'Escaping the Mad House: The Nellie Bly Story': TV Review
Lifetime's deliciously silly gothic horror movie explores the real-life tale of a 19th century journalist who commits herself to a mental asylum to expose the abuses inside.
If the British have their beautiful "English roses" who always look dignified in a jewel-toned corset, then we have our bedraggled "American weeds" who always look pummeled in a gray shift dress. Forget the prim Kate Winslets, Keira Knightleys and Vivien Leighs of the world when all you need is a grimacing Christina Ricci being tormented with leeches.
You might vaguely recall the name "Nellie Bly" from your high school history unit on the progressive activism of the turn of the 20th century, a vocab word to look up in the back of your social studies textbook along with "yellow journalism," "muckraking," "Ida B. Wells" and "Jacob Riis." Bly was perhaps the first celebrity stunt journalist, an intrepid investigator who lived her stories: Over 130 years ago, she traveled around the world in just 72 days to show up novelist Jules Verne and purposefully got herself committed to New York's Women's Lunatic Asylum in order to expose its deplorable conditions. The latter endeavor inspires — I repeat, inspires — Lifetime's watchable gothic horror movie Escaping the Mad House: The Nellie Bly Story, which delectably twists Bly's brave real-life undertaking into a winding tale of amnesia, gaslighting and brutality.
Ricci plays Bly, called Nellie Brown while she's held at the institution, a young woman who's sure she's sane, yet can't remember how she ended up at this dank, wretched place. It's the winter of 1887 and she's trapped on Blackwell's Island in New York's East River, just a short boat ride from bustling Manhattan. Her fellow patients include indigent sex workers, grizzled seniors with dementia and silenced immigrants who ended up here simply because they can't speak English — each one denounced as "insane" and locked away. The women are fed whitish gruel while the staff dine on pink roasts before their eyes. They're kept in chains and made to bathe in cold, dirty bathwater while the nurses verbally abuse them. A crone named Matron Grady (Judith Light) oversees their care, sneering at them about ritual and routine like a pious Mrs. Danvers. ("She could see the evil in the crotch of a tree," Nellie scoffs.) Nellie's only savior is handsome psychiatrist Dr. Josiah (Josh Bowman), who only wants to help her find her true identity — OR DOES HE?
At times, Escaping the Mad House is gloriously goofy in execution, filled with histrionic scenes of kerosene baths, genital torture, intentional drowning and self-immolation. But perhaps the scariest moment of the film is when the person Nellie trusts most turns out to be more innately villainous than even her captors, a quality lesson on the nature of consent. Like a grown-up version of A Little Princess, Frances Hodgson Burnett's classic story of a formerly wealthy orphan trapped at a boarding school helmed by a wicked headmistress, this film coils your sympathies toward the protagonist's entitled status: Just as Sara Crewe doesn't deserve cruelty because of her identity, Nellie Bly doesn't deserve this mistreatment because she is the famous reporter. (It's doesn't help that, as a child, I mistakenly thought the 1995 film adaptation's villainess was also played by Judith Light, not Eleanor Bron.) You become so tied up in Nellie's false imprisonment, you almost forget how awful this place is for the other women, too.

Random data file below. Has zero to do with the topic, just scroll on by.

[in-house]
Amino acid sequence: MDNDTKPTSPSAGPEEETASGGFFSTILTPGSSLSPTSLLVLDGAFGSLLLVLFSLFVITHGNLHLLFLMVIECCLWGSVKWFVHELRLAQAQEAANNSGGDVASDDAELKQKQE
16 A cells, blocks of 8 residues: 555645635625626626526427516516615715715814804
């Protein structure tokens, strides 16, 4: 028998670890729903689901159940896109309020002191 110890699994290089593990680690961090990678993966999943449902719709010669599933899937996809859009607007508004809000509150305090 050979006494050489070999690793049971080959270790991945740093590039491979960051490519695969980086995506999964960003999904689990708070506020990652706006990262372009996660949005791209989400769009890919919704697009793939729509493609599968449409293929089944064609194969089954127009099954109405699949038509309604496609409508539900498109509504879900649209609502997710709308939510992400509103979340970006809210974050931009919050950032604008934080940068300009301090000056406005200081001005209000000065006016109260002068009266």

Ricci, who's always done well by her darkly curious characters (Wednesday Addams, Lizzie Borden), is convincing as a marked woman. But it's Light who ravages the screen, her Matron Grady filled with the class-based self-hatred of a woman Inspector Javert, another abused street urchin who rose up to denigrate other marginalized people. She has the empathy fatigue of calloused people who believe that, "If I could get through this suffering, you could, too.) At the very least, she's a true believer in her methods.
Thematically and visually, Escaping the Mad House reminds me of last year's brilliant miniseries Alias Grace (on Netflix) — the damp and pitiless period setting, the endless poor women being thrown away like trash, the hot young doctor who seemingly just wants to explore the mind of a vulnerable woman. Of course, this movie isn't nearly as delicate as that series, but it's a good ride if you want a wild little intermezzo in between your staid winter programming. Ya know, it's true-ish enough.
Cast: Christina Ricci, Judith Light, Josh Bowman, Anja Savcic, Nikki Duval, Lauren Cochrane
Executive Producers: Jonathan Baruch, David Sigal, Michael Tive
Premiered: Saturday, Jan. 19, 8 p.m. ET (Lifetime)